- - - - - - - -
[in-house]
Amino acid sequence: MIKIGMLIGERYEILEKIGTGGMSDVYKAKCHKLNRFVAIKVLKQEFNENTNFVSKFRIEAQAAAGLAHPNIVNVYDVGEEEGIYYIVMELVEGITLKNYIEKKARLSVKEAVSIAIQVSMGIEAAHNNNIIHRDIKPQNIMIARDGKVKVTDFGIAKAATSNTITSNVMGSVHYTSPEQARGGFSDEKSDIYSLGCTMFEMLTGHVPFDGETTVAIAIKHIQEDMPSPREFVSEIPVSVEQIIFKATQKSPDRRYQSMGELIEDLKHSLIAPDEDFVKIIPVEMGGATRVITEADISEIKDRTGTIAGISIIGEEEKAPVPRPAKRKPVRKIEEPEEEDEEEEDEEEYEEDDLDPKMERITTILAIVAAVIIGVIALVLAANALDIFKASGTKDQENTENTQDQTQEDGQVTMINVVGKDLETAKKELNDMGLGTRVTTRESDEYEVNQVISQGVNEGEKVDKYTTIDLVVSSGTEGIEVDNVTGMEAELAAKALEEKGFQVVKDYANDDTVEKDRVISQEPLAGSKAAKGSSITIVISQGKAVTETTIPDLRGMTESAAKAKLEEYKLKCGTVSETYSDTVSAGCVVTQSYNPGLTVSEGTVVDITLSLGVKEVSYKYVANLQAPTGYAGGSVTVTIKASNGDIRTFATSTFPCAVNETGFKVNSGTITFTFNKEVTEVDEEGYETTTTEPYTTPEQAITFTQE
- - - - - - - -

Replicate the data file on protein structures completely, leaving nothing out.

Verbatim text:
[in-house]
Amino acid sequence: MIKIGMLIGERYEILEKIGTGGMSDVYKAKCHKLNRFVAIKVLKQEFNENTNFVSKFRIEAQAAAGLAHPNIVNVYDVGEEEGIYYIVMELVEGITLKNYIEKKARLSVKEAVSIAIQVSMGIEAAHNNNIIHRDIKPQNIMIARDGKVKVTDFGIAKAATSNTITSNVMGSVHYTSPEQARGGFSDEKSDIYSLGCTMFEMLTGHVPFDGETTVAIAIKHIQEDMPSPREFVSEIPVSVEQIIFKATQKSPDRRYQSMGELIEDLKHSLIAPDEDFVKIIPVEMGGATRVITEADISEIKDRTGTIAGISIIGEEEKAPVPRPAKRKPVRKIEEPEEEDEEEEDEEEYEEDDLDPKMERITTILAIVAAVIIGVIALVLAANALDIFKASGTKDQENTENTQDQTQEDGQVTMINVVGKDLETAKKELNDMGLGTRVTTRESDEYEVNQVISQGVNEGEKVDKYTTIDLVVSSGTEGIEVDNVTGMEAELAAKALEEKGFQVVKDYANDDTVEKDRVISQEPLAGSKAAKGSSITIVISQGKAVTETTIPDLRGMTESAAKAKLEEYKLKCGTVSETYSDTVSAGCVVTQSYNPGLTVSEGTVVDITLSLGVKEVSYKYVANLQAPTGYAGGSVTVTIKASNGDIRTFATSTFPCAVNETGFKVNSGTITFTFNKEVTEVDEEGYETTTTEPYTTPEQAITFTQE